Today's Green Guide contains an interview with Ian McShane talking about Deadwood. Mid-point the interviewer (Ian Munro) writes "Deadwood benefits from use of a broad range of American roots or roots-influenced music. The first series featured Mississippi John Hurt, Bukka White, Brownie McGhee and Sonny Terry, and Lyle Lovett." But where's Michael Hurley? The Oregon folkie's Hog For The Forsaken from Long Journey closed every second episode of series one and, for me, was the stand-out roots sample during Deadwood. Though it didn't ring any bells with Munro, it certainly had ME putting the album back on the turntable after a longish hiatus.
Passing on to:
Emerald Bile: Noreen got memed once before and whined about it. It was funny. And it's obvious she, Ball Bag and Barry are dead-set desperate to rave about their latest Corrs, Chieftans and U2 purchases.
Chase Me Ladies: Harry has recently revealed his ambling around the slums of Carcas. What he didn't tell, though, was that he'd been doling out CDs to grasping urchins. The smiles on their grimy dials are something to behold as he hands them the soundtrack of Moulin Rouge.
Hungbunny: HB is an official music type person; chances are he knows the difference between a quaver and a tin of peaches. Thus it will be enlightening to have him instruct us ignorant slobs on the coruscating and multi-hued brilliance of his two favourite songs; Agadoo and The Lion Sleeps Tonight. There should be a bonus, too. He and Harry are pulsingly excited to have the Olympics in London so maybe they'll be recommending the soundtrack to Chariots of Fire. Won't that be grand.
Brisbane Window: Rusty has exquisite judgement. Appreciating, as he does, the cultural significance of shithouse sequels. Movies with numbers after their titles are too easily dismissed by the "serious" filmgoer. But Rusty, like me, understands that the higher the number, the greater the net worth the fillum. I mean, It's obvious Eddie & The Cruisers II is a far better film than it's pedestrian original. Eddie comes back, for Christ's sake! Anyhoo, I reckon Russ might just treat us to his favourite tracks, 50 Years by Uncanny X-Men and Moving Pictures' Busting Loose.
So Lost then.
FLASHBACK to a small house in the middle of nowhere, surrounded by the red desert of Kalgoorlie. Hurley asks the woman who answers to door if this is Sam Toomey's house. When she says it is, and that she is his wife, Hurley says he would like to speak with him. His wife would like to speak with him, too -- but he died four years ago.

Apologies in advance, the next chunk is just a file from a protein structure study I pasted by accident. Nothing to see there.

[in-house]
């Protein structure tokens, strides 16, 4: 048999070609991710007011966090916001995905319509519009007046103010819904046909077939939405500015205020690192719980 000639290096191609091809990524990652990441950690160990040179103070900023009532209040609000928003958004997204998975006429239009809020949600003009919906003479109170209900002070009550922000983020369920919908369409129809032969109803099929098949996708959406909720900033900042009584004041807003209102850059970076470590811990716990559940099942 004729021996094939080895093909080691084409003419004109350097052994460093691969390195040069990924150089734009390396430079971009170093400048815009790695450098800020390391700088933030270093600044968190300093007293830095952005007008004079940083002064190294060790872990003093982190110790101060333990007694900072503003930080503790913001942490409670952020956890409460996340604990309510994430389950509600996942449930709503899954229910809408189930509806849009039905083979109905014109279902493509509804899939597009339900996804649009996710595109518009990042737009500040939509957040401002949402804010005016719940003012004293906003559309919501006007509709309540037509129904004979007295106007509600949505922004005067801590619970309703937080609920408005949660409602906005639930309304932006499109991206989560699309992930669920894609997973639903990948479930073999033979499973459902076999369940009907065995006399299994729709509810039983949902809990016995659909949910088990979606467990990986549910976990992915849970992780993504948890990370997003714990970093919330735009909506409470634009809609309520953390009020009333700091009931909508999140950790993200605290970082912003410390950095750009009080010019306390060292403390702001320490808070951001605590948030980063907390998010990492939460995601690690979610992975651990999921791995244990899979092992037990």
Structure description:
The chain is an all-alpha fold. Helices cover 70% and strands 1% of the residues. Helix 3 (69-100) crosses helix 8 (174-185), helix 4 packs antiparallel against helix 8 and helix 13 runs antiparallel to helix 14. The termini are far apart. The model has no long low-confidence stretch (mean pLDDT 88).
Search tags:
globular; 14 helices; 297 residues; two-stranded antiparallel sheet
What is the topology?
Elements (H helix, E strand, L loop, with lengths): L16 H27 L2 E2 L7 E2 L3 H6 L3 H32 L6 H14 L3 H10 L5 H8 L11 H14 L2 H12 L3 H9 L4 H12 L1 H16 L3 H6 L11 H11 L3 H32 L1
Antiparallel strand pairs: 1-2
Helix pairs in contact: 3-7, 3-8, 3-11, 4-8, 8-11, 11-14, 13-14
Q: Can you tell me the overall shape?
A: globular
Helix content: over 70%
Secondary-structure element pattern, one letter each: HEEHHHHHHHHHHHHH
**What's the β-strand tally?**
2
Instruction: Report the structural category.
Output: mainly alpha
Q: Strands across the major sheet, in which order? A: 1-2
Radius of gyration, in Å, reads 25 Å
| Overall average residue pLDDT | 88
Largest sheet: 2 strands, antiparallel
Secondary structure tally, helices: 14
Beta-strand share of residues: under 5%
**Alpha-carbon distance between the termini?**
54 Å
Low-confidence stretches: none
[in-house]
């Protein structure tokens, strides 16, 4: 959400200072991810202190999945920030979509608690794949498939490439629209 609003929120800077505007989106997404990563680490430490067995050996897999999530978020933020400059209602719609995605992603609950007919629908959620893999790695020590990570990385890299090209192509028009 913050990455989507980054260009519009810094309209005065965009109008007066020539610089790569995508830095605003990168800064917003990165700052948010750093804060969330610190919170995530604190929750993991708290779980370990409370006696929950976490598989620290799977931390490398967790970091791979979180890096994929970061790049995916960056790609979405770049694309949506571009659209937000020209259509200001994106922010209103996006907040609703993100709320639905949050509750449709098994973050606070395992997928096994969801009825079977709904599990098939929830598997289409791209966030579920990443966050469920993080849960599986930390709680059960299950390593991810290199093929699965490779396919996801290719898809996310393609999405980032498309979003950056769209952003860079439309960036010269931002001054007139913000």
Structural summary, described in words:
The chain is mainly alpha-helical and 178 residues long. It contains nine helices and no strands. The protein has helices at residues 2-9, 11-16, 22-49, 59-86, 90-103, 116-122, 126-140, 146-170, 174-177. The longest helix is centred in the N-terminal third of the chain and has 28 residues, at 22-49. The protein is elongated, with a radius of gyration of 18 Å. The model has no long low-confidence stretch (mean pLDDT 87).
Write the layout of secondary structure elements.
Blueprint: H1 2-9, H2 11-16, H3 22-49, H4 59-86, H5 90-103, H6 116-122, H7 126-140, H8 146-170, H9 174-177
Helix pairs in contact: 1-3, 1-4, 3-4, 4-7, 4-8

Got that? Hurley has come to Straya looking for Sam Toomey but only finds Sam's wife; the archetypal rough-as-bags, cynical, drawling, Aussie sheila. Despite the shack being sat bang in the middle of an enormous red salt-flat that is nothing like the real Kalgoorlie, it's a perfectly acceptable premise. No. Worries. Maaaaaate.
But Toomey's accent! And, for that matter, ALL the Aussie accent's in Lost bar Claire's - Christ on a stick! We are not Sarth Efricans! We don't sound anything like like Christian Barnard, Gary Player, Zola Budd, Nadine Gordimer, Tony Bloody Grieg or even Joss Ackland in Lethal Weapon 2. We don't spik like Pik. Soon they'll have us pronking around the veldt on safari, poaching bontebok for "scientific research".
Nope. It just won't do. Although many an Aussie somewhere-else-ophile would like to deny it, we actually DO sound like Paul Hogan.
My favourite sports journo type writer person, The Great Man Leapin' Larry L, the Sunday Age's Superstar of Scrawl, bangs out The Greatest Article Ever (super superb CAPITALS included).
But first, a couple of points.
One; personally I couldn't care less whether Ten shows Carlton v Collingwood or Port v Adelaide, but if it was me running Ten, I'd show the Pies/Blues game into Braxopolis. And two; pity Leapster couldn't squeeze in Dwayne "from the paint" Russell for a slap about the hipster chops. Then again, it would have been impossible to stop at just Dwayne-Oh; the list of clichéd cooloid fuckwits goes on and on, like, forever dudes.
Who cares about us? Not Ten
There is s a tide in the affairs of media sport coverage, which, taken at the flood, can make you a little seasick about the whole damn business.